Some swear by its beauty benefits: the power to smooth skin, strengthen nails, and make hair shinier. Others are into it for the gut health perks. (The protein smooths the gut similarly to how it smooths the skin, which can improve digestion.) By now, it’s indisputable that collagen is good for you.
Collagen levels decline naturally with age, starting in our 20s and 30s. Cells that produce it start to degrade and produce less but because collagen provides structure to skin, as levels decline, wrinkles begin and joints become less limber. Sun and smoking both accelerate the process.
Collagen supplements are a ubiquitous component of skin-care regimens, with ingestible collagen being typically made from hydrolysed protein from animal sources (generally cows, pigs, and fish). Though anything you ingest can upset your stomach or trigger an allergic reaction. It is typically safe to drink these elixirs provided the collagen comes from a reputable source. When you eat meat, fish, and poultry, you’re also ingesting collagen. These proteins are broken down and absorbed in the gut, then used to build our own protein-rich parts such as skin, bones, muscle and connective tissue.
It’s hard to determine how much of the collagen you eat (or take via supplement) gets absorbed and then re-purposed for various organs. It is clear that more studies need to be done in order to determine how these products may or may not be affecting our bodies. A 2015 study of collagen peptide supplements showed improved skin hydration, there are few placebo-controlled studies to prove ingestible collagen’s real benefits for skin. Sun favours tried-and-true methods to improve skin’s collagen production:
- don't smoke
- use sunblock
- apply photo-protecting antioxidants hydroxy acids
- take supplements of vitamins B and C and most important,
- take Retin-A and
- use deep-focused heat from lasers, radio frequency, and ultrasound to thicken and tighten skin.
Some experts suggest that hyaluronic acid fillers can also stimulate collagen growth but I would never recommend fillers.
Some people look to collagen supplements to improve bone and joint health. but it is vital that you first check to be sure you’re not allergic to eggs or any other ingredients in the protein mix. I am far from convinced that supplements are needed. Collagen is a major component of bone and joint health but those body parts also require lots of other things. Bone density is determined by muscle strength too. It’s hard to single out the effects of ingesting collagen. Eating balanced foods and exercising is really the only sure way to keep joints healthy.
But getting an extra helping can be confusing. Should you buy marine collagen, or one derived from animals’ bone and skin? What’s the difference between Type 1, 2, and 3—something a lot of supplement brands tout on the label? And WTF is hydrolyzed collagen?
For those uncertain about which collagen supplement to choose, here is is some basic advice for buying collagen that’s truly good for you.
Animal versus marine
Picking a collagen source can feel a little bit like ordering dinner at a wedding: Do you want chicken or fish? In the end, the animal versus marine debate doesn’t matter as much as you might think. Collagen is collagen is collagen. It’s always the same protein regardless of the source. Right now, there’s not one that’s preferable for human consumption.
In other words, sipping on some bone broth and eating cod for dinner are both going to deliver on the benefits because collagen is a quaternary protein which means it consists of three strands wound together to create one strong molecule. It’s a big, complex protein. While the ratio and concentration of amino acids may vary from source to source, structurally, collagen is the same whether it’s coming from a cow, chicken, or fish.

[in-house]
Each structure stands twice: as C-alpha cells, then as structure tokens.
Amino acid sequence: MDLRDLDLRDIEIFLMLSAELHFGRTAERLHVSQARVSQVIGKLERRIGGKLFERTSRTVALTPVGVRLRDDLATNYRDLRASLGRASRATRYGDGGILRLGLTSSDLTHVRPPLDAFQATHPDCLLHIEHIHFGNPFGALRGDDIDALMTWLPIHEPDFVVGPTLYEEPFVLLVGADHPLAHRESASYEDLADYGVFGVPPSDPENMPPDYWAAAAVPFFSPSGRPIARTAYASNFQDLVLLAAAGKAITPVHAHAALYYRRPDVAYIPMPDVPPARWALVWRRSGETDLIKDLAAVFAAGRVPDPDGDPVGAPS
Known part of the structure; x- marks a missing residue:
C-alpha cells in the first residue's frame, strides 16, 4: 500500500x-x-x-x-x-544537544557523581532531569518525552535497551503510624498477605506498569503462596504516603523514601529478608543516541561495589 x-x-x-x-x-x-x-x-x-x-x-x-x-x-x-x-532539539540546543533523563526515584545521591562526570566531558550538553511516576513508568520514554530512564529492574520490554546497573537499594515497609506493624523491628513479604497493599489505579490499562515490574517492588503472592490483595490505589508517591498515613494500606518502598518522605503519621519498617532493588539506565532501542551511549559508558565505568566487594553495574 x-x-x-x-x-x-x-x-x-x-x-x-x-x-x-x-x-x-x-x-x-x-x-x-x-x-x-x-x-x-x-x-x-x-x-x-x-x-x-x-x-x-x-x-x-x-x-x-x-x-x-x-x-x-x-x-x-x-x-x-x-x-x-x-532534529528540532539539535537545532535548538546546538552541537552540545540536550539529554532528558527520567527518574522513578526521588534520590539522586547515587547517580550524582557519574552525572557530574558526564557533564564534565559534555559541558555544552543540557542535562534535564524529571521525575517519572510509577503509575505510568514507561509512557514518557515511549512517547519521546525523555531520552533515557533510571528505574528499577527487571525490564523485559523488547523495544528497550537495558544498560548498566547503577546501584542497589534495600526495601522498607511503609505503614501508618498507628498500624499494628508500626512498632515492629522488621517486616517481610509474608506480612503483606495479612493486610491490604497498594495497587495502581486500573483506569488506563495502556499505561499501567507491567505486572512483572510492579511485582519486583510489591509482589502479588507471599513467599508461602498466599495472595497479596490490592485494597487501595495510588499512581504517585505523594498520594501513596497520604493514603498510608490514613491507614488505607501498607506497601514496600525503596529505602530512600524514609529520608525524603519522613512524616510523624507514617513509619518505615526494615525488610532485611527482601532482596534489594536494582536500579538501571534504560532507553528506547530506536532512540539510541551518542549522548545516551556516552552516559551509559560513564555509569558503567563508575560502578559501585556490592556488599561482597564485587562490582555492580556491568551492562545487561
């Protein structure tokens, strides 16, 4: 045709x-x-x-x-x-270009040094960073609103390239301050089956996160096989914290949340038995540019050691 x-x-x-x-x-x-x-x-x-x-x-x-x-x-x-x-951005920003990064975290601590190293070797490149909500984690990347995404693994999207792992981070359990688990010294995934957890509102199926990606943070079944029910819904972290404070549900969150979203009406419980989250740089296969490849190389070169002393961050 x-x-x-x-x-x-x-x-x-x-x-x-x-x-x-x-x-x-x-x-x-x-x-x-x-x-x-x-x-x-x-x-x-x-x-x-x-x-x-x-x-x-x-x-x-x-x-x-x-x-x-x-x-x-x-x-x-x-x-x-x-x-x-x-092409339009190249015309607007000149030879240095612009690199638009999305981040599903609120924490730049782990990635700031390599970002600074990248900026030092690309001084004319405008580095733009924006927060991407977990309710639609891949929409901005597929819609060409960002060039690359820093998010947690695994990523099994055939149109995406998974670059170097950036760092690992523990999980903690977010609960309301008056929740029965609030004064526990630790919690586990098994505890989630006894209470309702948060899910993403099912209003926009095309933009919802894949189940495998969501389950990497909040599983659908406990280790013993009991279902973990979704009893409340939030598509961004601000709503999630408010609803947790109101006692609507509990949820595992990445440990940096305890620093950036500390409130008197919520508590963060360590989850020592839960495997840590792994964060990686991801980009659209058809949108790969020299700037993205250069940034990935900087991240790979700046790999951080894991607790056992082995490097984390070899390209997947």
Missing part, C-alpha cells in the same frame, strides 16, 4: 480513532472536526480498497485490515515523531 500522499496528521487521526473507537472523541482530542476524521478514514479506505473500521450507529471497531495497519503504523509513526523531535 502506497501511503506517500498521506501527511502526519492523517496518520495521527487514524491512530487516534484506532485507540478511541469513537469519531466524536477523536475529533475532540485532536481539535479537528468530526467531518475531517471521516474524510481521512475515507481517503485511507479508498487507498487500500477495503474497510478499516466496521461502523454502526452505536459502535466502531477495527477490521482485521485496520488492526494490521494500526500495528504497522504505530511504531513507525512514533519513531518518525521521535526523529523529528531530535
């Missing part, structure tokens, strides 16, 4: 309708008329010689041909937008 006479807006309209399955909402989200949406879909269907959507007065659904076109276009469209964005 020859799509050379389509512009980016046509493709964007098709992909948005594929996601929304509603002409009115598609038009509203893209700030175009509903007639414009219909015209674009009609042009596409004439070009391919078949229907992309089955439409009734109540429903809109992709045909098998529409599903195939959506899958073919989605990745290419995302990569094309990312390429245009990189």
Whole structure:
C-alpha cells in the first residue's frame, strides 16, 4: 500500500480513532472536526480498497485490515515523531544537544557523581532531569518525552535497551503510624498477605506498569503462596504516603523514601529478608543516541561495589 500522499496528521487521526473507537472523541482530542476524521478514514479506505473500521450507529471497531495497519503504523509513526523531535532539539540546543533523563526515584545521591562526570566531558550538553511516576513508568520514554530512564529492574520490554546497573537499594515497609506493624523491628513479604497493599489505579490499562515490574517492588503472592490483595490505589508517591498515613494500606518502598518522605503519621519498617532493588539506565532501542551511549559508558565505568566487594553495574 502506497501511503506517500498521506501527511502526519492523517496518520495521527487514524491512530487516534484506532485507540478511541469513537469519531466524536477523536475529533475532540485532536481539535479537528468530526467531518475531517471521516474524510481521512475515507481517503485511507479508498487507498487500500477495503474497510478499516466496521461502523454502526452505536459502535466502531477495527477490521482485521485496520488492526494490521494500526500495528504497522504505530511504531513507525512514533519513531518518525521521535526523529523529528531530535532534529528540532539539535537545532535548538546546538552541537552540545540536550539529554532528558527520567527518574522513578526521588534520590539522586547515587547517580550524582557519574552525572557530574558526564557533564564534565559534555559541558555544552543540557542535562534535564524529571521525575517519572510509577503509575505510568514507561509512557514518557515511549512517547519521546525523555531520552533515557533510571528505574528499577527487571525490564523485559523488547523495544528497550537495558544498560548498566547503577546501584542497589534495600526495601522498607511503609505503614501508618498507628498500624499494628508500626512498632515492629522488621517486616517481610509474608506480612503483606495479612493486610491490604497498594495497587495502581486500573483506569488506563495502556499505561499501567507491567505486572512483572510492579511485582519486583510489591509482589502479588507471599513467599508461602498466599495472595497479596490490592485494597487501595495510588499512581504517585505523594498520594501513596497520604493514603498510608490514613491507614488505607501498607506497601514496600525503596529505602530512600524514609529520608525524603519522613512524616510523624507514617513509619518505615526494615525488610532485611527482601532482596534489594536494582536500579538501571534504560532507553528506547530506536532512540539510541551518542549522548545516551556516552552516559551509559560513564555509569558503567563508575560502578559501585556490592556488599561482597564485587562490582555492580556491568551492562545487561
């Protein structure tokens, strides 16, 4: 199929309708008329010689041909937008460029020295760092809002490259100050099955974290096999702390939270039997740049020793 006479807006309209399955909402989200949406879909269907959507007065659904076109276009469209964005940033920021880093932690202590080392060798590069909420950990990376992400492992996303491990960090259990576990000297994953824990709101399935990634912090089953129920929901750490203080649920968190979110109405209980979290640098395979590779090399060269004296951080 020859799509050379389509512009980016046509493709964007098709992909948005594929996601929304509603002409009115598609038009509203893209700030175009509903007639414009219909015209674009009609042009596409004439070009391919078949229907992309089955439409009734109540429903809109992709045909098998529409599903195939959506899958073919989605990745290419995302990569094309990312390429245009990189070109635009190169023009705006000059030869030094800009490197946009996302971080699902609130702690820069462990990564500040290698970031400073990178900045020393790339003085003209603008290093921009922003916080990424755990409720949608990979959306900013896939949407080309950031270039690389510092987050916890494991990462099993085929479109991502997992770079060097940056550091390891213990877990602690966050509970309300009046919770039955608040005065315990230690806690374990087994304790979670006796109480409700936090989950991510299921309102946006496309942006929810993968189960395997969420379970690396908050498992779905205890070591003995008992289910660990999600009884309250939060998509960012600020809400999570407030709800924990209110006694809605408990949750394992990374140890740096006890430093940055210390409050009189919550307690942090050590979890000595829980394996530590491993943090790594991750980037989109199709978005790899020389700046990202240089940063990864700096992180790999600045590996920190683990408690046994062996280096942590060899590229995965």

The low-down on hydrolyzed collagen
If you’ve started to shop around for collagen supplements, you might start hearing brands throw around the fancy descriptor 'hydrolyzed'. This means cold enzymes were added to the protein to break it down. Scientists started doing this because it made the supplement easier to absorb than collagen taken in through food. (Again, collagen is a big protein.)
Hydrolyzed collagen really is just a more processed form of collagen. The more broken down the protein is, the easier it is for your body to digest and use. So if you want to start using collagen medicinally, you might want to consider a supplement.
Marketing gimmicks to watch out for
While hydrolyzed collagen is a legit—and beneficial—term to look for on supplement labels, there are others that are used more to trip up the consumer than anything else. You may see things like ‘Type 1 and 3’ or ‘Type 2’ on the label, but it’s simply a marketing ploy.
While 28 different types of collagen do exist—differentiated by where in the body it’s sourced and its amino acid structure, they’re all still the same protein. When you ingest collagen, you’re rebuilding all of your own collagen in the body, not just Type 1 or 3, but every type.
As far as what to look for instead, try and find out where the collagen is being sourced from. If it’s China, buyers beware! Collagen sourced from China is really cheap and just not up to the standards of higher quality supplements that have been certified in the UK, EU or the US.
Currently, there is no vegan collagen source although scientists are researching to find a plant that’s structurally similar, including tobacco leaves! A sure way is to consume green tea as it's known to help stimulate collagen production and prevent its breakdown. If you're not a vegan, there is matcha collagen powder which is proving a favourite of many. There is already collagen in your body doing amazing work. The key is to keep it stimulated so it can continue doing its job.